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MINDLab workshop

 

Cognition in the Laboratory and Cognition in the Wild:

Methodologies for the study of human cognition and interaction in the cross section between social science and experimental cognitive science

 

Organised by Christian Højbjerg, Andreas Roepstorff and Jesper Sørensen

 

Aarhus University

16-17 September 2010

 

Questions about methodology have for a long time been given a lower priority within cross-disciplinary brain and mind research. The apparent absence of methodological reflection is a cause of surprise in light of significant developments that have taken place within the study of human cognition during the past two-three decades as a result of an increasing collaboration and inspiration between scientific disciplines such as neurobiology, psychology, linguistics, anthropology, and philosophy. Critics of the cognitive study of human consciousness and behaviour usually ignore and disavow its results because of an alleged reductionist, scientific stance that privileges quantification and the explanation of causal connections at the expense of an understanding of cultural life that is based on interpretation and empathy. However, contrary to the view of its critics, much of the current research on the evolution and complexity of human culture, which finds inspiration in cognitive and natural science, in fact continues to apply a qualitative methodology and is subject to the serendipity of fieldwork. On the other hand, the human and social sciences exploring human cognition and (inter)action have increasingly come to supply, or substitute an ‘external reality’ with the controlled setting of the laboratory, thus applying experimental techniques, including brain-scanning. In the fashion of linguistics, psychology, economics, etc., experimental methods are also more frequently finding their way into the ‘wild’ that used to be approached mainly through a qualitative methodology. What seems to be missing from this intersection and exchange of research methodologies for the study of human cognition and behaviour is an informed discussion of its consequences for the results that are produced. So far, there exist only sporadic and piecemeal reflections on the implications of transferring methodologies developed in the laboratory to the ‘wild’. In addition, more needs to be known about how findings in the ‘wild’ may be used to revise laboratory work.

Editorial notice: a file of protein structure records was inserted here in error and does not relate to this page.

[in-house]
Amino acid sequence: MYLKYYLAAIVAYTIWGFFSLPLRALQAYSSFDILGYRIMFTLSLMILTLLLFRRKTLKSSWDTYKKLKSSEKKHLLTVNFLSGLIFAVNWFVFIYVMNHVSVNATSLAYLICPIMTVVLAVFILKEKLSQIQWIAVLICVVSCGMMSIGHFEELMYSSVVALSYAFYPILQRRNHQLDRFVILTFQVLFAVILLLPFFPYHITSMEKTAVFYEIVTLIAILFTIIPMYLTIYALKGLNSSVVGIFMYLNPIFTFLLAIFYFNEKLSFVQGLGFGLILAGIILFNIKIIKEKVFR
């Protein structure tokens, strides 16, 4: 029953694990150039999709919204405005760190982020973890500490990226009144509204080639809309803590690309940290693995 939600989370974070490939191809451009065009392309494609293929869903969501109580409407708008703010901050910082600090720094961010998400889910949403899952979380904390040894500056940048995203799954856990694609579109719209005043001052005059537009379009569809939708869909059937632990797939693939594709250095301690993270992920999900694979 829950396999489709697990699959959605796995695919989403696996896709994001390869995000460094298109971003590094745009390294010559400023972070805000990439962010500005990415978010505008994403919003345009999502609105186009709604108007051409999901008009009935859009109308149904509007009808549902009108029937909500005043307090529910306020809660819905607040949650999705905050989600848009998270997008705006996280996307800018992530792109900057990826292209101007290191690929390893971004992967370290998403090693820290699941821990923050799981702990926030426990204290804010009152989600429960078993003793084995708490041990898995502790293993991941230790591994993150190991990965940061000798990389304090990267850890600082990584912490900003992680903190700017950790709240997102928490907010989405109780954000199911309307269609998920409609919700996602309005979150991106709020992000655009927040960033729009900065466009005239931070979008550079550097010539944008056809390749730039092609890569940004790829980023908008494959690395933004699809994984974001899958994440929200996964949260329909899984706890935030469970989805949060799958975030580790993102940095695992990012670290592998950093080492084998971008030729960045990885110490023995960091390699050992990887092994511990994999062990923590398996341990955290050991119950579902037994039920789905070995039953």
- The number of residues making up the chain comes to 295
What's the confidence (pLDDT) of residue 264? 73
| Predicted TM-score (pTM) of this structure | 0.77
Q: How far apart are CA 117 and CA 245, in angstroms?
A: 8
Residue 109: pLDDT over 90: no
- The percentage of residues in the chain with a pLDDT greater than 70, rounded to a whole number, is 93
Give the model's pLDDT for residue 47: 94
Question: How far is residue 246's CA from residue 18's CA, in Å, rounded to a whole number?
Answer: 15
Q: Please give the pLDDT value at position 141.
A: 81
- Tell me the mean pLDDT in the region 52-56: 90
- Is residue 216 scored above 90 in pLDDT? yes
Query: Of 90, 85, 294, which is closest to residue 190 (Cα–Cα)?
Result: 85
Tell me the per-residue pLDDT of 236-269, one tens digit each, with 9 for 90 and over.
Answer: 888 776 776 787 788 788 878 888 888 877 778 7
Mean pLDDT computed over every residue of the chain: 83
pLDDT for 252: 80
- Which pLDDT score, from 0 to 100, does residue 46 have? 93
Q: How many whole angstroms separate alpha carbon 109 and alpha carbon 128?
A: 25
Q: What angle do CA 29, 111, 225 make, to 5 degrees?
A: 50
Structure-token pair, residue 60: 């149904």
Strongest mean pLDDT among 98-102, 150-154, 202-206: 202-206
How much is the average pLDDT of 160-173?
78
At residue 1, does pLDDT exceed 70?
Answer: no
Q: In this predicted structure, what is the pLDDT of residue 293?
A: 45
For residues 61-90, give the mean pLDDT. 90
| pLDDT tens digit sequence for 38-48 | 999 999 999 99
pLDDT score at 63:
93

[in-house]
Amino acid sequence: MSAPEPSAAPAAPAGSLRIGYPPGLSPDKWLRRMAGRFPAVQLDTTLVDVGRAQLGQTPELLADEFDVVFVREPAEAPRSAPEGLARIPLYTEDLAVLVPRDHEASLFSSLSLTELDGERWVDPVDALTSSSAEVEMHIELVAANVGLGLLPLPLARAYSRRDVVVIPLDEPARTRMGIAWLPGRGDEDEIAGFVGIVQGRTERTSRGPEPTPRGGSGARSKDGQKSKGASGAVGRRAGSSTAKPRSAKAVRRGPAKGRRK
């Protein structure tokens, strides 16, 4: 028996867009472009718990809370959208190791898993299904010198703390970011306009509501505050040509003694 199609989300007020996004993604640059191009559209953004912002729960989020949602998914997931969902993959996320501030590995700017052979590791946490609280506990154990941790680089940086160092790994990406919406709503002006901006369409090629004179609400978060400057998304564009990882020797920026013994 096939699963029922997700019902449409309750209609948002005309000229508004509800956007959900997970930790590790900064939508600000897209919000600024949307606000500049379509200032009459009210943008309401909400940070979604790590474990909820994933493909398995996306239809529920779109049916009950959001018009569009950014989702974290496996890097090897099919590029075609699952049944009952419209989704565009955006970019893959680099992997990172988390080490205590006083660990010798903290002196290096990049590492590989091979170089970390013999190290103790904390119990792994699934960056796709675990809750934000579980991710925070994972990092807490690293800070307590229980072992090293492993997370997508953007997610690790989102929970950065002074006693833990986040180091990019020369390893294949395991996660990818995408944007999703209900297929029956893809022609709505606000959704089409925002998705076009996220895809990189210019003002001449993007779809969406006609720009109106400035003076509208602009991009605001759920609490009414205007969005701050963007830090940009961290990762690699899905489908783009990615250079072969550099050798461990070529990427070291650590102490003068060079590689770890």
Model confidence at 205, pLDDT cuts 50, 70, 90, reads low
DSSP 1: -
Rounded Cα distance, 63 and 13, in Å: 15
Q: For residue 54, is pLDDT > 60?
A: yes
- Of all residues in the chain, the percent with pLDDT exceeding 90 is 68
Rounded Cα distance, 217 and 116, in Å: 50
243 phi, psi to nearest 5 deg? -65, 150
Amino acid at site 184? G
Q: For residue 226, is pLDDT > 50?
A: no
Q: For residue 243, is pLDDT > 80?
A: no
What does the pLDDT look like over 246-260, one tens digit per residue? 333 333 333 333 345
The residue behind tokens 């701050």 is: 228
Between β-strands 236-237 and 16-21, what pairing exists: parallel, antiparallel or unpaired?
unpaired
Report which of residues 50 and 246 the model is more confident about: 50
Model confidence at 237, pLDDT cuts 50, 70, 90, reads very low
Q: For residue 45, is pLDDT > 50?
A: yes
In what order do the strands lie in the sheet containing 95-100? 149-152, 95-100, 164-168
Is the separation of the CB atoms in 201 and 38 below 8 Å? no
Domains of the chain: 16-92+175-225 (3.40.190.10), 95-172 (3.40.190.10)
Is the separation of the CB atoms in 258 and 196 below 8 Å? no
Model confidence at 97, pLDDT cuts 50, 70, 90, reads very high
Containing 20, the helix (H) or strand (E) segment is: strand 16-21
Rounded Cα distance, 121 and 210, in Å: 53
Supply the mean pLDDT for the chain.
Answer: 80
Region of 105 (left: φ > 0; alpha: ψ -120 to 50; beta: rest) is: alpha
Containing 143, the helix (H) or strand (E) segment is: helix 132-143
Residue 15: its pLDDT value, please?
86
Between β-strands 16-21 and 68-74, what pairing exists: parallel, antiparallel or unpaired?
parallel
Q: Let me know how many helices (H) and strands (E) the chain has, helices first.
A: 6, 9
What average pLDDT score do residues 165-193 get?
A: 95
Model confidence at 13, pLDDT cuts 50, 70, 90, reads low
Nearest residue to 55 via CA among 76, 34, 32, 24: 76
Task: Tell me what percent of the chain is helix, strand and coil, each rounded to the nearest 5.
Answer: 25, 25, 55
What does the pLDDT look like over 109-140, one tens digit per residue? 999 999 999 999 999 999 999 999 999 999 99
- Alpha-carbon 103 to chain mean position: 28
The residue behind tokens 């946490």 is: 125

We aim discussions among the participants, and have scheduled time for questions or/and discussion after each talk. Additionally, each afternoon session will include a number of parallel two-hour workshops. Here, participants are given the opportunity to present, and have feedback on, issues from their own ongoing projects. Workshop presentations should be max 10 minutes, and focus on issues of relevance in the context of this symposium.

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Revised 6-11-2010